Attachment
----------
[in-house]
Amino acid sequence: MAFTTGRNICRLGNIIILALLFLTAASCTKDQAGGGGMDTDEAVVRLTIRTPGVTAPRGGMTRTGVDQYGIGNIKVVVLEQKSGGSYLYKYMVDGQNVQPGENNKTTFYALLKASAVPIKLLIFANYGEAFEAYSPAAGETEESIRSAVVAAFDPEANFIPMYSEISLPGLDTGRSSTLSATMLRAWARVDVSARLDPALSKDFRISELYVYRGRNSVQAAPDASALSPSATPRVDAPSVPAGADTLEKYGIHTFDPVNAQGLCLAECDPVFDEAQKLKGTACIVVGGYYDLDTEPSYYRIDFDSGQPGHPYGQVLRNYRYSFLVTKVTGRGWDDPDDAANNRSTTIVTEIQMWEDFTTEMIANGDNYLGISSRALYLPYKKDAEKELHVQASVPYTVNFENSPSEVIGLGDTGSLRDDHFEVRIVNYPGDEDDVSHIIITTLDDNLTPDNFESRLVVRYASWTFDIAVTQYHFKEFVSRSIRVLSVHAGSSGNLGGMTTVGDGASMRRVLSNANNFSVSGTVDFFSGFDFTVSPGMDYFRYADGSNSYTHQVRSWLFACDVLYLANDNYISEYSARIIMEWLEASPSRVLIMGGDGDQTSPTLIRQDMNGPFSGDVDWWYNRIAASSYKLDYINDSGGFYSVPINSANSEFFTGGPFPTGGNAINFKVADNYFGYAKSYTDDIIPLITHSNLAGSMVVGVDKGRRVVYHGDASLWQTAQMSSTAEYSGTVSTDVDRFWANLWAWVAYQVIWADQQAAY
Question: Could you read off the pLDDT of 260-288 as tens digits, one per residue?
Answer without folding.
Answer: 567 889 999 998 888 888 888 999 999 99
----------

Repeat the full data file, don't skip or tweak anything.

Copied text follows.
[in-house]
Amino acid sequence: MAFTTGRNICRLGNIIILALLFLTAASCTKDQAGGGGMDTDEAVVRLTIRTPGVTAPRGGMTRTGVDQYGIGNIKVVVLEQKSGGSYLYKYMVDGQNVQPGENNKTTFYALLKASAVPIKLLIFANYGEAFEAYSPAAGETEESIRSAVVAAFDPEANFIPMYSEISLPGLDTGRSSTLSATMLRAWARVDVSARLDPALSKDFRISELYVYRGRNSVQAAPDASALSPSATPRVDAPSVPAGADTLEKYGIHTFDPVNAQGLCLAECDPVFDEAQKLKGTACIVVGGYYDLDTEPSYYRIDFDSGQPGHPYGQVLRNYRYSFLVTKVTGRGWDDPDDAANNRSTTIVTEIQMWEDFTTEMIANGDNYLGISSRALYLPYKKDAEKELHVQASVPYTVNFENSPSEVIGLGDTGSLRDDHFEVRIVNYPGDEDDVSHIIITTLDDNLTPDNFESRLVVRYASWTFDIAVTQYHFKEFVSRSIRVLSVHAGSSGNLGGMTTVGDGASMRRVLSNANNFSVSGTVDFFSGFDFTVSPGMDYFRYADGSNSYTHQVRSWLFACDVLYLANDNYISEYSARIIMEWLEASPSRVLIMGGDGDQTSPTLIRQDMNGPFSGDVDWWYNRIAASSYKLDYINDSGGFYSVPINSANSEFFTGGPFPTGGNAINFKVADNYFGYAKSYTDDIIPLITHSNLAGSMVVGVDKGRRVVYHGDASLWQTAQMSSTAEYSGTVSTDVDRFWANLWAWVAYQVIWADQQAAY
Question: Could you read off the pLDDT of 260-288 as tens digits, one per residue?
Answer without folding.
Answer: 567 889 999 998 888 888 888 999 999 99